AAFP Calls for RUC Reforms, but Won't Back Suit
A lawsuit filed this week by six Georgia physicians illustrates the growing resentment and anger that primary care providers have with what they say is a secretive Medicare reimbursement process that is skewed towards specialists, says Roland Goertz, MD, president of the American Academy of Family Physicians.
"For a group of physicians to resort to legal action should give you an indication of how frustrated primary care physicians are," Goertz told HealthLeaders Media. "Their feeling is that the system over the last 20 years has not appropriately rewarded them for the care they provide. Nor has it appropriately positioned them for their importance in this system."
In a lawsuit filed this week in U.S. District Court in Maryland, the Georgia physicians, all from the Center for Primary Care in Evans, GA, complain that for nearly 20 years the Department of Health and Human Services and the Centers for Medicare and Medicaid Services have relied on the "specialist-dominated" Relative Value Scale Update Committee (RUC) for reimbursement advice.
The 74-page suit, filed this week in U.S. District Court in Maryland, claims that the RUC violates the Federal Advisory Committee Act's requirements for representation, transparency, and methodological rigor. As a result, the Center for Primary Care physicians claim, the RUC "has systematically overvalued many specialty procedures while undervaluing primary care." The plaintiffs want a federal judge to suspend the RUC process until HHS and CMS comply with FACA rules.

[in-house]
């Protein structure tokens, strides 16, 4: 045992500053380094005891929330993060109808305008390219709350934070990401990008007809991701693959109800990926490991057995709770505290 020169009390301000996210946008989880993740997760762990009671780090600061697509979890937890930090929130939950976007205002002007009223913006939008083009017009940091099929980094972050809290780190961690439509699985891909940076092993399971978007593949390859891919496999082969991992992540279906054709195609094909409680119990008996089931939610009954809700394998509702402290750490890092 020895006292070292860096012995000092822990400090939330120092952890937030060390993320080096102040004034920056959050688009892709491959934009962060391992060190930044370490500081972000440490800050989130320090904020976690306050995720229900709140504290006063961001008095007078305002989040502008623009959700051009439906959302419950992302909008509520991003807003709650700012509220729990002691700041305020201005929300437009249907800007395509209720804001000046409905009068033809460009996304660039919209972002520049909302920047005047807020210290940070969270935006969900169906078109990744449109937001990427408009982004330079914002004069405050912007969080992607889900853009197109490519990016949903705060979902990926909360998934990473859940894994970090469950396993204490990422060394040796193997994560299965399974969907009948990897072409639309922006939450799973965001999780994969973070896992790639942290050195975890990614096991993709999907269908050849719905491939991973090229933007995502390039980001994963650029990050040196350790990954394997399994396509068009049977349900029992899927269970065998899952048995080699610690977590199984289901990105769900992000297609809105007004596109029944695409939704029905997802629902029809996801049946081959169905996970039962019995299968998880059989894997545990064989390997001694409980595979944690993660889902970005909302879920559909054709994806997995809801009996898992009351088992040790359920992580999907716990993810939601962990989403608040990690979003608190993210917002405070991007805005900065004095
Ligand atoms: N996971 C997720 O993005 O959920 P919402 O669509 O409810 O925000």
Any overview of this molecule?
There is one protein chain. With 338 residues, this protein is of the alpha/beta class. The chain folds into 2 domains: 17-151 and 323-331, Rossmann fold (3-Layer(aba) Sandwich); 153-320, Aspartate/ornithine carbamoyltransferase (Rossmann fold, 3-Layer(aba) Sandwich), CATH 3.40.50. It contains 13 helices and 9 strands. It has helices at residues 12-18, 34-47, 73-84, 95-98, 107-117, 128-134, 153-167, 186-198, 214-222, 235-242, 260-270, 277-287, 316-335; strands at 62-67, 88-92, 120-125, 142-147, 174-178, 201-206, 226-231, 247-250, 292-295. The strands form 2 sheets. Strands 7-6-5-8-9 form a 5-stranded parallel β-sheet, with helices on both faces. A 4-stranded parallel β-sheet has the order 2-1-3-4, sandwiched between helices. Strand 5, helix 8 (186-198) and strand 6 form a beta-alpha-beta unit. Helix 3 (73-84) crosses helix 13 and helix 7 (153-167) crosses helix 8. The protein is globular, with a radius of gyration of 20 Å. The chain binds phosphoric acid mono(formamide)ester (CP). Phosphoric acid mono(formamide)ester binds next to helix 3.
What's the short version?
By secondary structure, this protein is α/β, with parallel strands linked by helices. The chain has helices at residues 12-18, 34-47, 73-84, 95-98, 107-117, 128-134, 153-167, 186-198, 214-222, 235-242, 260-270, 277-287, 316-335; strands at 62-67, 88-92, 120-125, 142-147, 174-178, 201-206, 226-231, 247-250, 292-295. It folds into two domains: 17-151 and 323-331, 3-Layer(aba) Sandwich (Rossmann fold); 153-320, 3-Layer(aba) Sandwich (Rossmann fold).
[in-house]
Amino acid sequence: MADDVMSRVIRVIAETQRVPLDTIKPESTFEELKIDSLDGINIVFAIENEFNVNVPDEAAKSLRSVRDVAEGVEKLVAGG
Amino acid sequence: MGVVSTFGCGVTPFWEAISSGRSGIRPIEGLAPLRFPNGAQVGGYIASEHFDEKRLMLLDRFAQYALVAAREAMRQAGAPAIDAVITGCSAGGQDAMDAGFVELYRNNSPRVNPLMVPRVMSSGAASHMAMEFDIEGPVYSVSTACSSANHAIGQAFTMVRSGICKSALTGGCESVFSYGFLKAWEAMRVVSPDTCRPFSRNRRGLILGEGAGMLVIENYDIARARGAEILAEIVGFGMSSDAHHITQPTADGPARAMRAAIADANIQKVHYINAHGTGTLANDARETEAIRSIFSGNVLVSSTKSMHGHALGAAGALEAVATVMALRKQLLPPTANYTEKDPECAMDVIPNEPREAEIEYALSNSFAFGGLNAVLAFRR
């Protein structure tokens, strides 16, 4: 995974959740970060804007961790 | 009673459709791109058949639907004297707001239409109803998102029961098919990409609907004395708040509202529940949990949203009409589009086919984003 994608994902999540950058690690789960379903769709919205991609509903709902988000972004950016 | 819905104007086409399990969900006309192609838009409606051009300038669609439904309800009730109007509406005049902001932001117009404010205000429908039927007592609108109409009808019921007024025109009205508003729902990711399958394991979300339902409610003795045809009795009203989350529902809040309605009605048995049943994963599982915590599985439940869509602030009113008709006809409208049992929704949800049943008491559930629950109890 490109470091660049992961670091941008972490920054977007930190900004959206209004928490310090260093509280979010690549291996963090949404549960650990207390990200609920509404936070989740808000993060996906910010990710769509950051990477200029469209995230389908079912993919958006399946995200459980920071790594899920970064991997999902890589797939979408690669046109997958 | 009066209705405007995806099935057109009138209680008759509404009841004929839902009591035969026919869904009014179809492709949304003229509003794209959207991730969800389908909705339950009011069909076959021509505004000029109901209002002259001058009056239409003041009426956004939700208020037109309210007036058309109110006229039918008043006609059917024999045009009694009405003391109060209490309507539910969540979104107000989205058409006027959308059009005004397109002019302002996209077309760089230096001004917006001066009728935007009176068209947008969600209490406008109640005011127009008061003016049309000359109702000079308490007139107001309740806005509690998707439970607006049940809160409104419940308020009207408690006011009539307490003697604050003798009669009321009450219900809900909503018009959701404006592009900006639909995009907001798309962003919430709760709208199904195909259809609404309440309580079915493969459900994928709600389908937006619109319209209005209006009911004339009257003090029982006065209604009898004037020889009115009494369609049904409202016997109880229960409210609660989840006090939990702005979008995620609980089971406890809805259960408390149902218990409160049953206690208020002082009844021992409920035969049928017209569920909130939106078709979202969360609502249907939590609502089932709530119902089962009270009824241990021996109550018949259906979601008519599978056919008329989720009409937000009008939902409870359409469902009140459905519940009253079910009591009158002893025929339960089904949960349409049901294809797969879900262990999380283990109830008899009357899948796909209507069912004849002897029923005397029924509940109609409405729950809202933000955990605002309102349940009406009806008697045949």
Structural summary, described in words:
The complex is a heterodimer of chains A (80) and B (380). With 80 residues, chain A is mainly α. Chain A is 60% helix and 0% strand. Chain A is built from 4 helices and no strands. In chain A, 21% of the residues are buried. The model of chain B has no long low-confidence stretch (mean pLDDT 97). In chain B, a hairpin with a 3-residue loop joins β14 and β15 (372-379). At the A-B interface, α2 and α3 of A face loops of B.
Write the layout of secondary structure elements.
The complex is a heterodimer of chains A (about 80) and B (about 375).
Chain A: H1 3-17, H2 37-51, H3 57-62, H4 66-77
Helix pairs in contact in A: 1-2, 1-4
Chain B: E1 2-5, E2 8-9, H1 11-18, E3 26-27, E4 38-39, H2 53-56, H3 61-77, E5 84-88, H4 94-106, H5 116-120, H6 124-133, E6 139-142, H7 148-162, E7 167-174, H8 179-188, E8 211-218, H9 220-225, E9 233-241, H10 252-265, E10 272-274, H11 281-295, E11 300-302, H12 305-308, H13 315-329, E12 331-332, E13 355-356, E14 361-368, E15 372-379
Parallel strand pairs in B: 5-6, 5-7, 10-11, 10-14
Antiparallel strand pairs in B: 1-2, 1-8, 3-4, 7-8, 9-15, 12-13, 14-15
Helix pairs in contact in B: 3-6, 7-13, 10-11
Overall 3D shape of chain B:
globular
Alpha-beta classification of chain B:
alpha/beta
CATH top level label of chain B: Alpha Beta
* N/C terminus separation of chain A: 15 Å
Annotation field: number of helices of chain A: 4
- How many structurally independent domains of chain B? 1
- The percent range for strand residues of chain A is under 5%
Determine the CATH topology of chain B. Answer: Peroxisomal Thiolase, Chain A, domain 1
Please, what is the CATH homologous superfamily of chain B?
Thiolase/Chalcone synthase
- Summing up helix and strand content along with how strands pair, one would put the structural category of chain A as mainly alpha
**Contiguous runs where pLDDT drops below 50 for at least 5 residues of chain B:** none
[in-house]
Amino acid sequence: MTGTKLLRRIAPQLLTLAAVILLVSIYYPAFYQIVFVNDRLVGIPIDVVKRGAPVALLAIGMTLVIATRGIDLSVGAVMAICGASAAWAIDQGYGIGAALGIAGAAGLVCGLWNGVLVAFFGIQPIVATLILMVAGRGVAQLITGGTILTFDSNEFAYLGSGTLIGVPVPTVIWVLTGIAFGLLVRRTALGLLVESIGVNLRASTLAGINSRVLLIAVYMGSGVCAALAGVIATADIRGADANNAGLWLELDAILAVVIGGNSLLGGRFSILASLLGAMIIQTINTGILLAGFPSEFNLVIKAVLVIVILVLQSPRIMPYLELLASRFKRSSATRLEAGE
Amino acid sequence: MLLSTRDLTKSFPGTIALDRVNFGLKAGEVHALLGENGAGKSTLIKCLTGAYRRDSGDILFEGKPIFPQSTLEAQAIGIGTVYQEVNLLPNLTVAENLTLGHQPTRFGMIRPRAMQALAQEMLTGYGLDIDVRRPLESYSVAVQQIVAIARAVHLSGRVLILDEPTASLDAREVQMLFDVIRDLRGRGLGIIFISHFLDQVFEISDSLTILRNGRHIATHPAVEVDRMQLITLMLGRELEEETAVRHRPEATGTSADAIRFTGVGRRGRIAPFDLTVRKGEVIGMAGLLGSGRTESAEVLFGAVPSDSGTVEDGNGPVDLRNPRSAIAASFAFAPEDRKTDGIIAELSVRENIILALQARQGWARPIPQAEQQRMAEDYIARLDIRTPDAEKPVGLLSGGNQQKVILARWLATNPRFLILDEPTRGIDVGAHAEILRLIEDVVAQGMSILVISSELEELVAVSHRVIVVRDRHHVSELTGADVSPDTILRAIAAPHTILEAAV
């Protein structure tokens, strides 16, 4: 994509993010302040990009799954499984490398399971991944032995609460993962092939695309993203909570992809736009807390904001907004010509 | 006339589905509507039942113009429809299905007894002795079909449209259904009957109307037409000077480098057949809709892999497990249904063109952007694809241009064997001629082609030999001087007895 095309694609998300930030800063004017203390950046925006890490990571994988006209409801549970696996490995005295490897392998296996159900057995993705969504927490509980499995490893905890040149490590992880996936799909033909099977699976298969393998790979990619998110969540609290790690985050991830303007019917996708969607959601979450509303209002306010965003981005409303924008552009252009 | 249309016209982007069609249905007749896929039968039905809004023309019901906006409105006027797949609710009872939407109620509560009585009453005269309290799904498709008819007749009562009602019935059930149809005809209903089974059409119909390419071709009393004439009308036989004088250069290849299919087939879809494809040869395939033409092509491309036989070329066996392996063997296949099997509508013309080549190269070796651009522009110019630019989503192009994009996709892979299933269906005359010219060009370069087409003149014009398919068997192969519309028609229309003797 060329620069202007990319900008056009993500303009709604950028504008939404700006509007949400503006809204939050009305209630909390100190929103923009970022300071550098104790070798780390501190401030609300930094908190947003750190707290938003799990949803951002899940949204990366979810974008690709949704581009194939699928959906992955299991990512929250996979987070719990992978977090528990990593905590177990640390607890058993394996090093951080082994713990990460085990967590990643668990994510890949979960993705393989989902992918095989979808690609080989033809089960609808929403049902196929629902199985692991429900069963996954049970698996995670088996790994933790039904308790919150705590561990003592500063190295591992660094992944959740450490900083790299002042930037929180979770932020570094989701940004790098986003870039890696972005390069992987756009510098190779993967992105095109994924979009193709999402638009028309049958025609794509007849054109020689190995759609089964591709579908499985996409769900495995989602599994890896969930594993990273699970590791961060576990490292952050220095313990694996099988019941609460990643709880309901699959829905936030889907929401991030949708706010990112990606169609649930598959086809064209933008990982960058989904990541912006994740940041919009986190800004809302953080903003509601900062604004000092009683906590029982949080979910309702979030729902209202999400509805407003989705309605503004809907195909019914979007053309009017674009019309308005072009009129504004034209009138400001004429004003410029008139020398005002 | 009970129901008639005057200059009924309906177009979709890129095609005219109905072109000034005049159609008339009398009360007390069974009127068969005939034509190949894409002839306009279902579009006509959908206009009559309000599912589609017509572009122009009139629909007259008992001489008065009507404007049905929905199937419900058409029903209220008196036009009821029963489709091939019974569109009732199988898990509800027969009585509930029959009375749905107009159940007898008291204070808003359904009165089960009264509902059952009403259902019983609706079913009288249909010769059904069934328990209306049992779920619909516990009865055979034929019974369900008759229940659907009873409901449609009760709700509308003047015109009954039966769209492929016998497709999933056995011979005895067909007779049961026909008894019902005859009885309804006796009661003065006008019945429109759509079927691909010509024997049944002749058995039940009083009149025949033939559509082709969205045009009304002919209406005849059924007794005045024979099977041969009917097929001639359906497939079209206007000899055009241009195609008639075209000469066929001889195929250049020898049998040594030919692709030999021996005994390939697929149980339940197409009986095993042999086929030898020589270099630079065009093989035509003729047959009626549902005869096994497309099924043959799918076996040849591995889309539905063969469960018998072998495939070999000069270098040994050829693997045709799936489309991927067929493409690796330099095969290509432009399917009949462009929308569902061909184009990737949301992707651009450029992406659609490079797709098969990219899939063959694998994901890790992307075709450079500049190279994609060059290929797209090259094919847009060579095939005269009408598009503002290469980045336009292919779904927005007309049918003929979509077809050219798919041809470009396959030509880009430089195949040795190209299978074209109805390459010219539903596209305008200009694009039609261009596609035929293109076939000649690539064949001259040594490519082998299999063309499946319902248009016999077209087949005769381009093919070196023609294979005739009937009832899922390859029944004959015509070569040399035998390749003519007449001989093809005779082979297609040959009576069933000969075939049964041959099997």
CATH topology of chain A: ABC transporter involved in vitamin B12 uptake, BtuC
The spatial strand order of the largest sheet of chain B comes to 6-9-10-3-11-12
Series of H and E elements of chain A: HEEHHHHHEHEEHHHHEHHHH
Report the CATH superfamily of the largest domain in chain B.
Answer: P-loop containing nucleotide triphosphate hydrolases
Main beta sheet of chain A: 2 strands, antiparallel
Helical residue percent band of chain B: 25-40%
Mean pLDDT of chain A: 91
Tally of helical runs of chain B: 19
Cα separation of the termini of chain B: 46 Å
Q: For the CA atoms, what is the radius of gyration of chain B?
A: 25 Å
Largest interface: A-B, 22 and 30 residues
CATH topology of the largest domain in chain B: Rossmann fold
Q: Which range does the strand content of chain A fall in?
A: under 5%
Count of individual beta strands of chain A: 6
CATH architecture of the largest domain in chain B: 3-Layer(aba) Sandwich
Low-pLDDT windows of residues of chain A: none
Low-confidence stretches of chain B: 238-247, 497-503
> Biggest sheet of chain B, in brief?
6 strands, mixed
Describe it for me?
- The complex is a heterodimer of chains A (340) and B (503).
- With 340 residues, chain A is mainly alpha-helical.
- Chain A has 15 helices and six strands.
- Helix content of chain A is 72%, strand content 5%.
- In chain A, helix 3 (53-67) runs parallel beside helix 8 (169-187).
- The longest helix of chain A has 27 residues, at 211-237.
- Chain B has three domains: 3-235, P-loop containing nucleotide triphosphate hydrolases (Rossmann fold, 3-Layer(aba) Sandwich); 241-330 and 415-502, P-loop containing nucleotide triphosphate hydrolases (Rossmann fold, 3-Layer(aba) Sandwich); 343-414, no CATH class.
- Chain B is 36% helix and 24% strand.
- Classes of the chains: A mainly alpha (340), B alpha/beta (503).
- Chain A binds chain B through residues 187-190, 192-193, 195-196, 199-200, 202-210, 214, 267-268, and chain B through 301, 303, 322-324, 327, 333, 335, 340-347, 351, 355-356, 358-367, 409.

- Healthcare Leaders Seek Strategic Sweet Spot
- 3 Reasons Wellness Programs Fail
- CMS Issues Health Insurance Exchange Proposed Rules
- Patients Shoulder Nearly 25% of Medical Bills
- ACOs Widespread, Yet Challenged
- MGMA: Physician Compensation Increasingly Based on Quality Measures
- HFMA: Patient Financial Interaction Guidelines Sharpened
- Data Collaborative Taps Predictive Analytics to Coordinate Care
- HFMA: Revenue Cycle, Reimbursements Share the Spotlight
- Physician Pay Will Soon Depend on Outcomes